For instance, Counter-Strike being a team-based shooter game, coaches of the teams are more similar to traditional sport coaches as they are allowed to be behind their players during actual tournament matches, telling their players what they should do in any given moment, giving out the opponent’s location and telling them what strategy or formation to take. It’s as if the is an extra pair of eyes and voice to the players, which allows them to focus more on their own game, while keeping an ear out for important info from both their teammates and the coach.

However, in large-scale games like Dota 2 and League of Legends, games can last between twenty minutes and an hour on average, and having a coach in the booth with the players as they play could be an incredibly huge advantage, what with being able to look at the captain’s notepads on the enemy team’s movements around the map at certain parts of the game or other important objectives. The player’s focus and individual ability to analyse the game is what should make them be able to play at such a high level, and not the person behind them telling them everything.

That, and not every team has the resources to have a coach. Already enough a team without a coach is at a disadvantage both time and resource wise, and having to face an opposing team of essentially six players, it can be seen as unfair. Instead, coaches, serving as the study-bot and life coach for the team, have only recently been given the option to go into the drafting phase inside of the player booth during professional games at events. It allows for an extra perspective and insight during probably the most vital five to ten minutes of a match: what you’ll be choosing to go up against your opponents. This is a rule that’s been added just in this competitive season, and Dota 2 has been an esport for about seven years now. Esports rules for different games are still evolving, as it is still in its infancy.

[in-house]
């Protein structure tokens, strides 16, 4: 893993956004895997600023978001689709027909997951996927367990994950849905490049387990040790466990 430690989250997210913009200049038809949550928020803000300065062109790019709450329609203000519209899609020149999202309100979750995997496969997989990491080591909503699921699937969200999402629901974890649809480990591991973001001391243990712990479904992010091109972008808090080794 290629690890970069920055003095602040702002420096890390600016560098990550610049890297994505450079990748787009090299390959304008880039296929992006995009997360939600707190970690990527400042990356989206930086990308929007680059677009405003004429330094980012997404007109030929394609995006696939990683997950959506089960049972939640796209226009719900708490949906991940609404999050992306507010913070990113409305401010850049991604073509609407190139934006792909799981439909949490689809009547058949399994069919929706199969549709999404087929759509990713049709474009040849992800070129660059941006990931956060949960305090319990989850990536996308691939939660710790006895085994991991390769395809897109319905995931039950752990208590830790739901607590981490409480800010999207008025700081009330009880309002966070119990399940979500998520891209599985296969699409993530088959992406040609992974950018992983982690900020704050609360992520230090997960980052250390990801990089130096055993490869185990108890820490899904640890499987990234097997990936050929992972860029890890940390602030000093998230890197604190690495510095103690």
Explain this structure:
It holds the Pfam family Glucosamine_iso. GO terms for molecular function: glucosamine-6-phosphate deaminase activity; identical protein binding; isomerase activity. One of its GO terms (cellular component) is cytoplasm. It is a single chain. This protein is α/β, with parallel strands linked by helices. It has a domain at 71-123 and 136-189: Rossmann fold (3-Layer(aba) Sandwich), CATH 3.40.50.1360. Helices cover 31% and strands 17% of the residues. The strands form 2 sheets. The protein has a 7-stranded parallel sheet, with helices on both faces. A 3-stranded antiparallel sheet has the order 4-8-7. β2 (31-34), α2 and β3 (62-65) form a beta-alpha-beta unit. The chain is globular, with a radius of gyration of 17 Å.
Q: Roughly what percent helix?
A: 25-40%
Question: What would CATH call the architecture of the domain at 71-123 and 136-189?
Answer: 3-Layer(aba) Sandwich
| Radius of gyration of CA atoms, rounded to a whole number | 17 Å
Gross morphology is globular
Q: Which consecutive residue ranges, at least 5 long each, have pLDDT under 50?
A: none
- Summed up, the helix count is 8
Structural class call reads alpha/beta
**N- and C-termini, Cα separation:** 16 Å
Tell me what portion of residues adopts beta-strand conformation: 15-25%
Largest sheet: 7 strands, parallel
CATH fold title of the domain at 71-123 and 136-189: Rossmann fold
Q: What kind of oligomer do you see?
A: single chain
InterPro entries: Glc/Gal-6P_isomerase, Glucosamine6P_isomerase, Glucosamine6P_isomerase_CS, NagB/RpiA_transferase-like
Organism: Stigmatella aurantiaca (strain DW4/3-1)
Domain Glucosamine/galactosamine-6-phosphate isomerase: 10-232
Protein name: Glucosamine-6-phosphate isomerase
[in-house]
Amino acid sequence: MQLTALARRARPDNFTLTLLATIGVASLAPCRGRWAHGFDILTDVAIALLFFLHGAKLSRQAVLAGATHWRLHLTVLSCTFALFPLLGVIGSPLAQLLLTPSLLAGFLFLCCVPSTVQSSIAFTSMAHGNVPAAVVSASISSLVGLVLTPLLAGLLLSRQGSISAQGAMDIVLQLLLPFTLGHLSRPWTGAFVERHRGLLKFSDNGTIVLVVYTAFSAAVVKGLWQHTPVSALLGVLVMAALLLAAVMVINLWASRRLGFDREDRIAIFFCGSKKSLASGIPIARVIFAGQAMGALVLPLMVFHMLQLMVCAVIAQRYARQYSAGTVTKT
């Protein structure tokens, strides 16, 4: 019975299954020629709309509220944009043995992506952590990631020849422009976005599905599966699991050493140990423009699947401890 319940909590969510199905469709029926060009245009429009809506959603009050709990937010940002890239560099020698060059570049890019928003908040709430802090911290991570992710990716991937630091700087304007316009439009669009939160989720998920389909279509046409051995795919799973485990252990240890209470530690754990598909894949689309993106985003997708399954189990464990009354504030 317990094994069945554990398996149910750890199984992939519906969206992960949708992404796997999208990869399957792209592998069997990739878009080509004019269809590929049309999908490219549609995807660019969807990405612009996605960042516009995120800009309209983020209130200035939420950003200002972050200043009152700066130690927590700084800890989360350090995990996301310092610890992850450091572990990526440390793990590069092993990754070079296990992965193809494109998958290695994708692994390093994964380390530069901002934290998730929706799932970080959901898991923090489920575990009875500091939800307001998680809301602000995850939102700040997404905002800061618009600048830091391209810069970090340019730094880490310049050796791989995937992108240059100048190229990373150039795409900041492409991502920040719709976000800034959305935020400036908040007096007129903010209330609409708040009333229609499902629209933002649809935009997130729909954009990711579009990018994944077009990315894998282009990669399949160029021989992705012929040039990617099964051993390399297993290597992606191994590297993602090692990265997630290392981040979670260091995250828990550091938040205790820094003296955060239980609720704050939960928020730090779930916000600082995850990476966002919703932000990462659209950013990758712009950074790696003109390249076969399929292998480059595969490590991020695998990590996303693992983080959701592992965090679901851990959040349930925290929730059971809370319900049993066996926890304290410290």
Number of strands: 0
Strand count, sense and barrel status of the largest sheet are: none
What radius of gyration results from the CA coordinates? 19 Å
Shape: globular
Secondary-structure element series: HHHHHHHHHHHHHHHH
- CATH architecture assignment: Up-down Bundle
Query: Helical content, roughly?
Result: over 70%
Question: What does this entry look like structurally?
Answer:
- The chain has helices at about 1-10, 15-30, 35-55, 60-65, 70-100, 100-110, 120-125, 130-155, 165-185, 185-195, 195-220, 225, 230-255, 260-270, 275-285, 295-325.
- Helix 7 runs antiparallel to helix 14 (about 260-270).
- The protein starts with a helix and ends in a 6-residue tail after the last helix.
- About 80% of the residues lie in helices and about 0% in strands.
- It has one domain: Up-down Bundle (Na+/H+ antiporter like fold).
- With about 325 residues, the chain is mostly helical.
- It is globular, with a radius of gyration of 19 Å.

This Youtube like shows a half-hour documentary of two teams playing in the finals of a 3 Million dollar tournament, and although has a focus on the players, also gives us a unique perspective on the coaches of these two teams, the different on how they talk to their players and what they offer.

Yet here we are, with a viewership so huge and growing faster than all other sports due to the technology that we have today, esports continues to adapt and evolve based on current situations. Drama, just like in any media, is very prevalent and esports, and some of it can be a lot more positive than people might think when they see the word Drama go through their ears.... Till next time!


When he’s not desperately trying to climb the Dota 2 MMR leaderboards, Francis can usually be seen playing on his Nintendo 3DS or Switch, or writing long and short fiction on his limited spare time. Oh, and he’s on Youtube 24/7.


Francis Rochon

When he’s not desperately trying to climb the Dota 2 MMR leaderboards, Francis can usually be seen playing on his Nintendo 3DS or Switch, or writing long and short fiction on his limited spare time. Oh, and he’s on Youtube 24/7.